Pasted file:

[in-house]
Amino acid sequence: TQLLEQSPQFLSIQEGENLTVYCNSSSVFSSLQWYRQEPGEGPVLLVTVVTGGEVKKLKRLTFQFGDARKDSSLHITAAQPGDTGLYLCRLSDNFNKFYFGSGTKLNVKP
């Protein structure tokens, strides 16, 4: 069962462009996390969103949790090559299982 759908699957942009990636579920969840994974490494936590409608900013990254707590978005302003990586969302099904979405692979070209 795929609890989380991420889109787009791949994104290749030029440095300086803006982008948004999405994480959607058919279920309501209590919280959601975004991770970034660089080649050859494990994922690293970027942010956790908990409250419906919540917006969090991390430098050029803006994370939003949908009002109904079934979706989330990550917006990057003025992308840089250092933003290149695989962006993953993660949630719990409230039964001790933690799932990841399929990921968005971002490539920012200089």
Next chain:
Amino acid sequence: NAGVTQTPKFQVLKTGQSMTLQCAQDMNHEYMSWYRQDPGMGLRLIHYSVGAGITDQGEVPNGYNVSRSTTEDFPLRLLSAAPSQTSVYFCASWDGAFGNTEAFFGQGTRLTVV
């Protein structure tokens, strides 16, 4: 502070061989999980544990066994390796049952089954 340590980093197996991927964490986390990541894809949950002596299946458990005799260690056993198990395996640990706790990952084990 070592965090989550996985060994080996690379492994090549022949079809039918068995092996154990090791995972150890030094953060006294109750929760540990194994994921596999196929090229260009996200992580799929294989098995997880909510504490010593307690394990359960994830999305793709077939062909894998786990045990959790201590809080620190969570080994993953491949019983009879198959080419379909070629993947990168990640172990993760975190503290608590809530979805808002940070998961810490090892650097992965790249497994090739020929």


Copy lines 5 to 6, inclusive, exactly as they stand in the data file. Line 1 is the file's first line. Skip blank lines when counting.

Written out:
Amino acid sequence: NAGVTQTPKFQVLKTGQSMTLQCAQDMNHEYMSWYRQDPGMGLRLIHYSVGAGITDQGEVPNGYNVSRSTTEDFPLRLLSAAPSQTSVYFCASWDGAFGNTEAFFGQGTRLTVV
């Protein structure tokens, strides 16, 4: 502070061989999980544990066994390796049952089954 340590980093197996991927964490986390990541894809949950002596299946458990005799260690056993198990395996640990706790990952084990 070592965090989550996985060994080996690379492994090549022949079809039918068995092996154990090791995972150890030094953060006294109750929760540990194994994921596999196929090229260009996200992580799929294989098995997880909510504490010593307690394990359960994830999305793709077939062909894998786990045990959790201590809080620190969570080994993953491949019983009879198959080419379909070629993947990168990640172990993760975190503290608590809530979805808002940070998961810490090892650097992965790249497994090739020929």